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Depleted Uranium in Modern Warfare- Unethical or Indispensable?

17 Sep

Depleted uranium (DU) is the uranium remaining after the enriched fractions are removed and is most commonly obtained as the byproduct of a nuclear reactor or the manufacture of nuclear weapons. DU is typically about 40% less radioactive than purified natural uranium, however that is still considered to be highly toxic.

According to the most recent statistics available, the countries with the 5 largest stockpiles in the world in order are the US (480,000 t), Russia (460,000 t), France (190,000 t), UK (30,000 t), and Germany and the Netherlands tied for 5th place (16,000 t). DU is about twice as dense as lead and harder than steel. It has numerous civilian uses like being used in the construction of counterweights for aircraft, radiation shields in medical radiation therapy machines, dental porcelain for false teeth(really?), containers for the transport of radioactive materials and most recently in high energy particle experiments. In the military it is highly prized in armor plating and is used in penetrating ordinance because of it’s high density and also due to the fact that it ignites on impact if the temperature exceeds 600°C. It’s now being used widely in both light, medium and heavy machine gun ammunition.

DU munitions are a key aspect of what makes modern, advanced militaries so effective. Most notably, the American M1 Abrams tank is protected by steel encased DU armor and fires DU anti-tank round penetrators which were brutally effective in the massacre of Iraqi tanks and armored targets during both Persian Gulf Wars.  The M1’s armor has proven to be miraculously effective and since it first entered service with the US military, only a handful of tanks have been heavily damaged. And of those few that were damaged, it was often at the hands of an opponent armed with a DU tipped weapon system. The A-10 Thunderbolt is armed with a heavy assault cannon which fires 30mm DU rounds and was used in the First Iraq War, numerous theaters in the War on Terror and NATO peacekeeping missions.

The most common way people suffer health complications from DU is by being in areas where munitions have been used for extended periods. There is a startling lack of knowledge on the effects of exposure to uranium but here are some known facts.

  • There is debilitating damage done to the kidneys, more specifically to the proximal tubules which act as the main filtering component for the kidneys.
  • The inhalation of DU dust particles like one would encounter in plane crashes or munitions impact craters are known to carry a high risk of lung cancer, and if a person has preexisting lung damage then cancer is almost a certainty.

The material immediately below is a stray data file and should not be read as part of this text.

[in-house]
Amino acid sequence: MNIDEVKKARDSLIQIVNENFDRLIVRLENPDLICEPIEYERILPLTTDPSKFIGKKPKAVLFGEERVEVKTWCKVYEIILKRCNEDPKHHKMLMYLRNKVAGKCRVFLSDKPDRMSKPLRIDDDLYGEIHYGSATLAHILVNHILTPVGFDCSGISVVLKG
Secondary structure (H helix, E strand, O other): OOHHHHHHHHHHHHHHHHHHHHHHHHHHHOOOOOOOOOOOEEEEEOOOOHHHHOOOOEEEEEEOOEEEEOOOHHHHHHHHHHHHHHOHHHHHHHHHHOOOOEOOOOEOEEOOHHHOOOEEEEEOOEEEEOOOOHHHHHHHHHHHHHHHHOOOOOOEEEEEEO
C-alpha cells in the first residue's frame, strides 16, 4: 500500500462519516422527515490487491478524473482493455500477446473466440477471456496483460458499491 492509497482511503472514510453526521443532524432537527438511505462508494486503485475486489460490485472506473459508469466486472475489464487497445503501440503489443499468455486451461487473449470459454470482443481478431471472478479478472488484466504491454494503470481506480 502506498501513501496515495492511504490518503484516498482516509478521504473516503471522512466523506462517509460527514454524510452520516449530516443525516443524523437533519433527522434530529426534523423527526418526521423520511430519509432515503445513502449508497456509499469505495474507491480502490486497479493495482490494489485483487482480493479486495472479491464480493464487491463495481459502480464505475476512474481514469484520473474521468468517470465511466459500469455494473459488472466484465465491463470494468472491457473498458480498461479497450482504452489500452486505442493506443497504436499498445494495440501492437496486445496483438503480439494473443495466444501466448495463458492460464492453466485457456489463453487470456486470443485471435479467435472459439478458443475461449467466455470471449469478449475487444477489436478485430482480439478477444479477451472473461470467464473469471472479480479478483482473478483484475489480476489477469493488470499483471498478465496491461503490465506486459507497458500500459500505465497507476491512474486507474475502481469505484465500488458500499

•  There is also some evidence that DU can accumulate in the central nervous system and impede its functions.
  • In addition to being radioactive, DU is also classified as a toxic metal and since similar substances are known to adversely affect the kidney, brain, liver and heart it is very likely that DU has similar negative properties.
  • It has been suggested that DU may be responsible for Gulf War Syndrome and veterans of the Gulf Wars and Balkan peacekeeping missions have been found to have up to 14 times the normal level of chromosome abnormalities in the genes.
  • People exposed to DU have a significant chance of having children with birth defects.
  • In the aftermath of the large tank battles in the 2nd Iraq War, numerous “cancer fields” have formed where locals salvage scrap metal for a living and hospitals in the area have recorded an dramatic uptick in child leukemia and genetic malformation among children born after the 2003 invasion.

As of yet, there is little other data on the adverse effects of DU on humans since most cases of exposure occur in poor or isolated areas and are not reported or diagnosed by medical professionals.

Results of DU exposure. WARNING: Not for the squeamish. Baby 1. Baby 2. Kid with no arms. Kid. Mushroom head baby. What is this I don’t even. Malformation.

As we’ve seen, DU is a potent tool of modern warfare. Described by some as a “silver bullet”, DU munitions are capable of piercing through almost any armor or obstruction as well as being able to provide the best protection money can buy. When used properly, DU equipped weapons system are capable of sweeping aside lesser equipped armed forces with ease. If you had the stomach to click on all of those links to the photos then I’d really like to hear your opinion on this. Do the consequences of using depleted uranium in weapons outweigh the benefits?

Check out this great article for further reading if you’re interested. Here’s another.

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